On the bright side, over the last few days I have seen him show more interest in the world outside the facility.  For the first time in months I helped him to check his email and scan the world news.  Then yesterday, he wanted to watch the Indianapolis 500, and so we did (Congratulations Tony Kanaan!)  Later in the afternoon, Dad played a game of Scrabble with me, which shows incredible patience and concentration on his part.

As I was leaving last night, Dad, never one to gush, brusquely said goodbye.  I drove back to his place feeling sad and that maybe my efforts were in vain.  As I pulled into his parking place I noticed a flowering bush in front of his apartment that I had never noticed before (to be fair, most days I get back in the dark).  It was really beautiful and it stopped me in my tracks.   I realized that I had forgotten to find the beauty in each moment… and to remember that I am not alone going through this.

flowering bush

This morning  I woke up and baked an Asparagus and Cheddar Quiche to bring to my Dad.  I know that he will want to share it with some of his fellow residents and I think that that will be a perfect way to spend this Memorial Day.

A Mexican Vacation… and a Coconut Cream Pie

27 Apr

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In January my husband and I planned a trip to Mexico.  We used a companion fare ticket from Alaska Airlines and booked a trip to Barra de Navidad that would begin on April 24.  Once the plans were made, life went back to normal… until my Dad’s stroke.  Then the trip that we planned seemed unlikely… and I felt guilty for even wanting to go.

As the date to leave drew near, I spent many hours discussing insurance, surgery dates, payments for care, and myriad other details.   Once that was done I had to believe that my Dad was in good hands and that my husband and I could take a much-needed break.  We left early Wednesday morning and arrived about seven hours later in Manzanillo, Mexico.  A friend of a friend agreed to pick us up at the airport and he drove us to Barra.  We thanked him and gave him a bottle of Oregon wine for his troubles.

After a short rest, we walked down to the beach and enjoyed a beautiful sunset.  Then we bought tamales from a street vendor and ate them while sipping cold Pacifico beer.  That night we went to bed tired but happy.

The next morning I checked email (yes we are tied to our computers) and saw a message from my Dad’s case manager: Dad was taken back to the hospital. My first thoughts are unprintable but I will say, “Thank goodness for Skype!”  Immediately I called my sister and after a while we figured out that Dad had several things going on: dehydration, dizziness, and low levels of sodium.   Dad’s been in the hospital for three days now and I think that he is in the safest place he could be and the nurses at JFK have been amazingly kind and helpful dealing with his family that is so far away.

Since Dad was being well-cared for and I could not do anything for him I did what I do when I need to feel in control: I baked a pie.  This year in our little rental apartment we have a two-burner stove top and a toaster oven.  First I formed a graham cracker crust (with crumbs that I brought from home) and baked it in the little oven until it was lightly browned.  Next I mixed milk, sugar, eggs, and coconut for the filling and poured it into the crust.  We then went out in search of whipping cream to top it off but could not find any for sale in this little town so I had to settle for toasting coconut for the topping.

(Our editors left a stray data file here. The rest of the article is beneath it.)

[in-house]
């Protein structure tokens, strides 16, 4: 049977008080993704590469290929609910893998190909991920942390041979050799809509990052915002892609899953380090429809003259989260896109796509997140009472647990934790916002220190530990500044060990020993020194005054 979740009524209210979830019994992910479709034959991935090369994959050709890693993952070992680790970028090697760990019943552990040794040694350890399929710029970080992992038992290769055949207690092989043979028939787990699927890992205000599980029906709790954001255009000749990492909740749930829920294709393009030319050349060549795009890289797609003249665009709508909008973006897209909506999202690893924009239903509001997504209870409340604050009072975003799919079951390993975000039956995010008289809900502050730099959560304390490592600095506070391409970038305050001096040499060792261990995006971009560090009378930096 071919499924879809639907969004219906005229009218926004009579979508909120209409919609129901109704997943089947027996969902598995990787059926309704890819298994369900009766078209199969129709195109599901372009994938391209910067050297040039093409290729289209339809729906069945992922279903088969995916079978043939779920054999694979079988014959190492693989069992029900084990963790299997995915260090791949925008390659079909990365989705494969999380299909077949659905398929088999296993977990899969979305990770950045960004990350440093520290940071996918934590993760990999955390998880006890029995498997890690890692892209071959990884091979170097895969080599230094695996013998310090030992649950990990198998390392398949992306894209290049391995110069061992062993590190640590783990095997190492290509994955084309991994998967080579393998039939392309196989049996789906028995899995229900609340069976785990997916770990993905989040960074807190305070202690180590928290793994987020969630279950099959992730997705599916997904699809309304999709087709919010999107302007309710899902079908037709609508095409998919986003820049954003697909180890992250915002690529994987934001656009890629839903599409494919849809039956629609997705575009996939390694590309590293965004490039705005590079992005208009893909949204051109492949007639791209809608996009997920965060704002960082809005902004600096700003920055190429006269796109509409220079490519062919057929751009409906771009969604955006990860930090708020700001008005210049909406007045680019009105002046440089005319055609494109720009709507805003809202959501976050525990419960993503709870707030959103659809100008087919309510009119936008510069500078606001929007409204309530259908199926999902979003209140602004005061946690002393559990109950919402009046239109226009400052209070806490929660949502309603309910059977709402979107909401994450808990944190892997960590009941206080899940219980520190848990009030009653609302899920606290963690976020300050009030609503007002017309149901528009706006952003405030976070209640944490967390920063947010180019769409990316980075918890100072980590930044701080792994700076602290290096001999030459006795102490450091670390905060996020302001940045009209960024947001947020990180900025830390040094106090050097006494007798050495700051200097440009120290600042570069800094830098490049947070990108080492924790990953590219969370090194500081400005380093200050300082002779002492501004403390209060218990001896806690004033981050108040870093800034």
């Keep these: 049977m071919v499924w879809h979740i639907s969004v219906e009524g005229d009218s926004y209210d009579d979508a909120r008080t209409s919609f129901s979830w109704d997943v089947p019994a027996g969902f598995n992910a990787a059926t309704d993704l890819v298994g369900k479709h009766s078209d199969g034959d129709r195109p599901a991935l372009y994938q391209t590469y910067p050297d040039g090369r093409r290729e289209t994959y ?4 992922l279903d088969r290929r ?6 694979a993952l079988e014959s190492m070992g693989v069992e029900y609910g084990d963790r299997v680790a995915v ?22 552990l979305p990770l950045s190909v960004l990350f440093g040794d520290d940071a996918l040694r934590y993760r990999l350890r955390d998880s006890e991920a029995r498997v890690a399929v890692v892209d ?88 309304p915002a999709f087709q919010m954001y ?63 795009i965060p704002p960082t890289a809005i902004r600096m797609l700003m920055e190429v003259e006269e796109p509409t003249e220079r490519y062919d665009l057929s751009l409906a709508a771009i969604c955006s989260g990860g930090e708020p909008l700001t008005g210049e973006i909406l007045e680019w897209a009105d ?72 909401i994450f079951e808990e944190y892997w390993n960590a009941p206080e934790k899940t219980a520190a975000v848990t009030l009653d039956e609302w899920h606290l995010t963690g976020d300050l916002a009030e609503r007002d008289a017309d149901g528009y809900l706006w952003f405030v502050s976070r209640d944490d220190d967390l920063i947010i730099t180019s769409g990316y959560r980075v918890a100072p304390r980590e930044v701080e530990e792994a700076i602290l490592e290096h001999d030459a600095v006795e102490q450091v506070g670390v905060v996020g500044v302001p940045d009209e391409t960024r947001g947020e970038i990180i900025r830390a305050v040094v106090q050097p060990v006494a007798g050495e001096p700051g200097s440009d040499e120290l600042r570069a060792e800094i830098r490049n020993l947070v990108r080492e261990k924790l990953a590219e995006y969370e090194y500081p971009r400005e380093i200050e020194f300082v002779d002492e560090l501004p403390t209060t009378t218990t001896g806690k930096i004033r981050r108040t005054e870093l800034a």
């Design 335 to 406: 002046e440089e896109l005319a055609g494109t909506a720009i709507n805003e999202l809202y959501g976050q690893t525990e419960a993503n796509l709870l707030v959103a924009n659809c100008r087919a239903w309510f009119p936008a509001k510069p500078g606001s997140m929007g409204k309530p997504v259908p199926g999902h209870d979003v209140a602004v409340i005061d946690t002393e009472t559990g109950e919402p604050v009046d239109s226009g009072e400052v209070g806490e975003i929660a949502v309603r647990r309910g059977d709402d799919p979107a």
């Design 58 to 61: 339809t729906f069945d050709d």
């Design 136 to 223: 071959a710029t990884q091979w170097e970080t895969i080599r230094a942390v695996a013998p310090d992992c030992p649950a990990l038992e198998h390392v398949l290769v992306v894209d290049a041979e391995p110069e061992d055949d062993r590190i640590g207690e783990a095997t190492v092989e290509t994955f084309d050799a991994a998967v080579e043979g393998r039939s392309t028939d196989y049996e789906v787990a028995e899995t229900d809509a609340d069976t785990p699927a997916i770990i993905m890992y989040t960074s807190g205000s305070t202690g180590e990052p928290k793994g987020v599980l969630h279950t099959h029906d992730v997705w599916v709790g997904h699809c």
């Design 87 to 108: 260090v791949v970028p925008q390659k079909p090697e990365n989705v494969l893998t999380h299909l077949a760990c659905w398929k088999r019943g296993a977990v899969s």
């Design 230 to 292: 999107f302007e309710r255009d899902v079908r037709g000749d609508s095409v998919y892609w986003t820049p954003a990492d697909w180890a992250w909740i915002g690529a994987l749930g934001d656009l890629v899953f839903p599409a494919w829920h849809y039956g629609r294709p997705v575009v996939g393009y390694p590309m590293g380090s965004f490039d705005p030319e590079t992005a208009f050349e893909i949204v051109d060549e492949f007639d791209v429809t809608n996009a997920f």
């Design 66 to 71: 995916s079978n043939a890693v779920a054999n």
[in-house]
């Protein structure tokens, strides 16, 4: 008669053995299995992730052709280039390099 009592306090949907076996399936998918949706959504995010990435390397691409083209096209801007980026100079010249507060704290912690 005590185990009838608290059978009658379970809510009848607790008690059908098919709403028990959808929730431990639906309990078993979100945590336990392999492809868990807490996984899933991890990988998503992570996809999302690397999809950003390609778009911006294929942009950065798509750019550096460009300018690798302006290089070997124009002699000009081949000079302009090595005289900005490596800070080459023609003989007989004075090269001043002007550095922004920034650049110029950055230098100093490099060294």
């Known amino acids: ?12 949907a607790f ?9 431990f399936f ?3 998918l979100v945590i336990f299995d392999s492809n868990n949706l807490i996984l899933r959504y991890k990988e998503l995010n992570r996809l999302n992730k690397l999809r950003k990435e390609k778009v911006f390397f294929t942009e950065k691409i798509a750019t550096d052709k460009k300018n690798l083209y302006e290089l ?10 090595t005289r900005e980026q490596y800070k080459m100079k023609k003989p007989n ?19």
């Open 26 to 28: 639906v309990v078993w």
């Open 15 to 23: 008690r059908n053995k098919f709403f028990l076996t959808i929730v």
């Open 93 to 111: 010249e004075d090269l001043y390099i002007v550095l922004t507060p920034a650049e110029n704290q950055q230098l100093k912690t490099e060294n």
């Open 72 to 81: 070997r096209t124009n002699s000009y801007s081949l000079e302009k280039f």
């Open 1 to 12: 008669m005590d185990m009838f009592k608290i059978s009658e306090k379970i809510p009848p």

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Even without whipped cream I thought it turned out nicely… but who would get this lovely pie?  I thought of the people that we had come in contact with and settled on a young man who works in a shop that sells beautifully hand-woven works of art.  We asked him about the wall hangings and he told us that some of them had taken months to make.  He explained that many of those hanging had been made by other workers but that he also could weave and he first began learning to weave ten years before.

Maybe I felt a connection to that young man because I too learned my craft when I was young.  Whatever the reason, last night Emile and I walked back to the shop and brought a pie to that young man.   He was there with his girlfriend and as I gave him the pie I tried to explain in my best Spanish that the pie was a gift – to honor the beautiful pieces that he had created.   I hope that he continues to pursue his art throughout his lifetime for I believe it can make all the difference in the world.

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“If you ask me what I came to do in this world, I, an artist, will answer you: I am here to live out loud.”  
Émile Zola

 

Chocolate Cream Pie, Travel Woes, and Virtual Pies for a few Angels

21 Apr

Chocolate Cream Pie

Chocolate Cream Pie

As you know, I have spent the last three weeks in Florida with my Dad after he suffered a “major” stroke.  At first it seemed that my Dad would have surgery almost immediately to clear his carotid artery, but the doctors have decided that they would like to give my Dad more time to heal and so his surgery has been postponed until mid-May.  And since my Dad’s condition appears to be improving each day, and because I had committed to a few catering events, and because I missed my husband, I decided to come back home for a while.

In the days before I left, I tried to wrap up all the loose ends for my Dad that I could: arranging for the payment of bills, handling of laundry and mail, and most importantly, his health concerns and future care.   One thing that I considered tremendously important was to convey to the nurses and aides that I want (more likely need) them to watch over my Dad when I am not there to do so.   How could I do that?  Well, being me, I thought a pie might do the trick.